Samantha Cleaver felt called to teach children with disabilities. She joined the D.C. Teaching Fellows program, and enrolled in Trinity’s School of Education to earn her certification. But after a tumultuous year and a half inside the D.C. Public Schools, she’s called it quits. She wrote about her experience in the Washington Post Magazine this past Sunday, “A Special Challenge.”
Perhaps the most appalling part of her story is not the condition or behaviors of the children, which might be expected given their personal challenges. The real scandal is the behavior of the adults. The disorganization and non-responsiveness of “825” — shorthand for the central administration of the D.C. Public Schools — is legendary; but translated into the story of this one young teacher, it’s devastating.
Ms. Cleaver is not an isolated case. In a survey of a group of 22 D.C. Teaching Fellows in a Trinity class this year, only 6 said they would return to teach in DCPS after this experience. The comments they offered were uniform in citing a lack of support, lack of resources, absent or incompetent principals, lack of books, and grim conditions in the schools. Only 1 of 22 Fellows had the required in-school mentor.
D.C. Teaching Fellows are selected as among the “best and brightest” future teachers for our city. If their experience as student teachers is so discouraging, who will remain to teach our children?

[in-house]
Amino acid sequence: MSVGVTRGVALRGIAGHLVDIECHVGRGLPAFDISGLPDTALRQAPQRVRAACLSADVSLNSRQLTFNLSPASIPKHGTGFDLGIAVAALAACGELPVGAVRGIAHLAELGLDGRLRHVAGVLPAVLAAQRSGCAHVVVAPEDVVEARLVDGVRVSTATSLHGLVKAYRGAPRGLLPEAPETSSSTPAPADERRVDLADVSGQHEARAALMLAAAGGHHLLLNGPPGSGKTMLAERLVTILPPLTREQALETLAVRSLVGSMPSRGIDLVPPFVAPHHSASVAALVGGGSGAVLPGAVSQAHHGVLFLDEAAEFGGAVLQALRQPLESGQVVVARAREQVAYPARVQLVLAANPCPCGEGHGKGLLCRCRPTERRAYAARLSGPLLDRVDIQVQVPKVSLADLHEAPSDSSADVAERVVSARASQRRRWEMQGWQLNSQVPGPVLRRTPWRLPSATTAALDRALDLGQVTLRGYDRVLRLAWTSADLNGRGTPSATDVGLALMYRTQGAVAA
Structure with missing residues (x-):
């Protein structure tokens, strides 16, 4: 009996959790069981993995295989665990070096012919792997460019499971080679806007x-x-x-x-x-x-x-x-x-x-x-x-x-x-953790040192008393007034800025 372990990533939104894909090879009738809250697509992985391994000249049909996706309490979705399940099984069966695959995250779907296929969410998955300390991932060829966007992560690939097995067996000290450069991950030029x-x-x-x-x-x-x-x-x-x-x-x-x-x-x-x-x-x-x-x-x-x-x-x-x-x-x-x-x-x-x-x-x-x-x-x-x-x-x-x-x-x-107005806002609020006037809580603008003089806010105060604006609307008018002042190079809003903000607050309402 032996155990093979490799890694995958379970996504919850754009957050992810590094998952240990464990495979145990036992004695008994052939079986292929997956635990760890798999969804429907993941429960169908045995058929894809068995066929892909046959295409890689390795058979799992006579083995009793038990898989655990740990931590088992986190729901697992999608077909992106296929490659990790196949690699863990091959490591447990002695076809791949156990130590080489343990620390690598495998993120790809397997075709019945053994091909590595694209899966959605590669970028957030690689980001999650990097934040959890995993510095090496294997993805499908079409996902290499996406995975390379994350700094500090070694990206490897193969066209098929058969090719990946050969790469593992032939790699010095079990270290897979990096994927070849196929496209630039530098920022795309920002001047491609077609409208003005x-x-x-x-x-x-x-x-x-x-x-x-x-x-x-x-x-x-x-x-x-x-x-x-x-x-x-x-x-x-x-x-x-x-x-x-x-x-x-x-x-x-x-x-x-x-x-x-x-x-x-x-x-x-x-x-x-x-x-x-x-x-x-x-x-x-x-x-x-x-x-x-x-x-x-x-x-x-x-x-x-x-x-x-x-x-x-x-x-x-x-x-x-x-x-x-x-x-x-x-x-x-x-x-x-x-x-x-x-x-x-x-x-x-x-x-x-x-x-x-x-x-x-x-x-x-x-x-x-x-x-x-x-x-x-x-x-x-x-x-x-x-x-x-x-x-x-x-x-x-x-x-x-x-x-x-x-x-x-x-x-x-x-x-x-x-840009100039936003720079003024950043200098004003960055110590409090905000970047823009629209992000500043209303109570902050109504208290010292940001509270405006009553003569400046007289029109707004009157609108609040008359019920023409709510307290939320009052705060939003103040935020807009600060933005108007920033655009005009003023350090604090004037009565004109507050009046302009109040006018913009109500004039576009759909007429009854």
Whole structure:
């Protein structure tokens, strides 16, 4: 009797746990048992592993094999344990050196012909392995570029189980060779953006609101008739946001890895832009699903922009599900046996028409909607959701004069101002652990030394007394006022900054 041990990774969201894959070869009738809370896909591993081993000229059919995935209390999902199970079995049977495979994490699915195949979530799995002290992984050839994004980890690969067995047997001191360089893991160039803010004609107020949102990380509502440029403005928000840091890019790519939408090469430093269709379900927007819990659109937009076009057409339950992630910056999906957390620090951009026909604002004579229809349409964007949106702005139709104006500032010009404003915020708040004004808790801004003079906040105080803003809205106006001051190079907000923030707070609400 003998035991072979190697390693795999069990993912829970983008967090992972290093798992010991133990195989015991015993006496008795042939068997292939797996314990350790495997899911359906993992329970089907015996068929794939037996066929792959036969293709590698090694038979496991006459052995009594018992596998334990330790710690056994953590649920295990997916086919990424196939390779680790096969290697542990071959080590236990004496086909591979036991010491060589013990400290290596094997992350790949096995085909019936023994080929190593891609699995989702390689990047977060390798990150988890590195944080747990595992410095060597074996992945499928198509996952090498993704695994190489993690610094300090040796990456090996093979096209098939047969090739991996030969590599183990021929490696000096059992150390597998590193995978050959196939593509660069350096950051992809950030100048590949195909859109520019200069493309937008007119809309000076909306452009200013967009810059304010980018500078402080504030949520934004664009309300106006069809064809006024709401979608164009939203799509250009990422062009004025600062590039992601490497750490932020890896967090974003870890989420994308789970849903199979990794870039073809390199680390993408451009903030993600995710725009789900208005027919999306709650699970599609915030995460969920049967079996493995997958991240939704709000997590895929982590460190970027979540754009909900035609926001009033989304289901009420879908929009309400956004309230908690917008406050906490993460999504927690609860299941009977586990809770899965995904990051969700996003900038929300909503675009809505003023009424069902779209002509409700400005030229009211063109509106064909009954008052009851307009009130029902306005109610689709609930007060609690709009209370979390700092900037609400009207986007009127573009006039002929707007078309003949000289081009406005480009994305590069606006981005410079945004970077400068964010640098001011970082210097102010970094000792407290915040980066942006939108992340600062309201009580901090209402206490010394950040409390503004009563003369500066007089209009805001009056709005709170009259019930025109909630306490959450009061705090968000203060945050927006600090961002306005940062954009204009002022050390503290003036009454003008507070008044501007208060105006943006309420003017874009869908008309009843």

Trinity is committed to working with the D.C. Public Schools to try to improve conditions for students and teachers and principals. We provide extensive educational services through our School of Education for teachers, principals, guidance counselors and other school professionals; we meet NCATE standards; we work with New Leaders for New Schools and other programs focused on improving the conditions of education in D.C. We also educate many graduates of the DCPS, and we are quite familiar with the many challenges our local school system faces.
However, when a school system treats a young, aspiring special education teacher in such a demeaning way that the soon-to-be-ex-teacher writes, “I hate everything about my job” on the course survey, I’m at a loss for words. There’s no excuse imaginable for the utterly devastating experience of these students who are walking away from teaching in D.C. to pursue less stressful placements, probably in the suburbs. What a terrible loss of potential for our city schools!
I should footnote here that, in yet another dismal affront to these aspiring teachers, the school system failed to pay them on time for most of the Fall 2006 semester. Only after repeated calls to the Superintendent’s Office, and a very embarrassing story in the D.C. Examiner, the Fellows were eventually paid sometime in December. There’s just no excuse possible for this shameful treatment of the future teacher corps for the city’s schools.
Who will teach the children if the system continues to discourage the rising generations of teachers? The challenge of reform for the D.C. Public Schools grows larger each day. The challenges are most egregious in the schools and classrooms where the children and teachers are left to cope while the powers-that-be argue about governance at the top. Perhaps the Mayor, the Council and the School Board should have to spend a week or two in the shoes of teachers (incognito, no entourages, just them and the children) to understand what really needs to be done.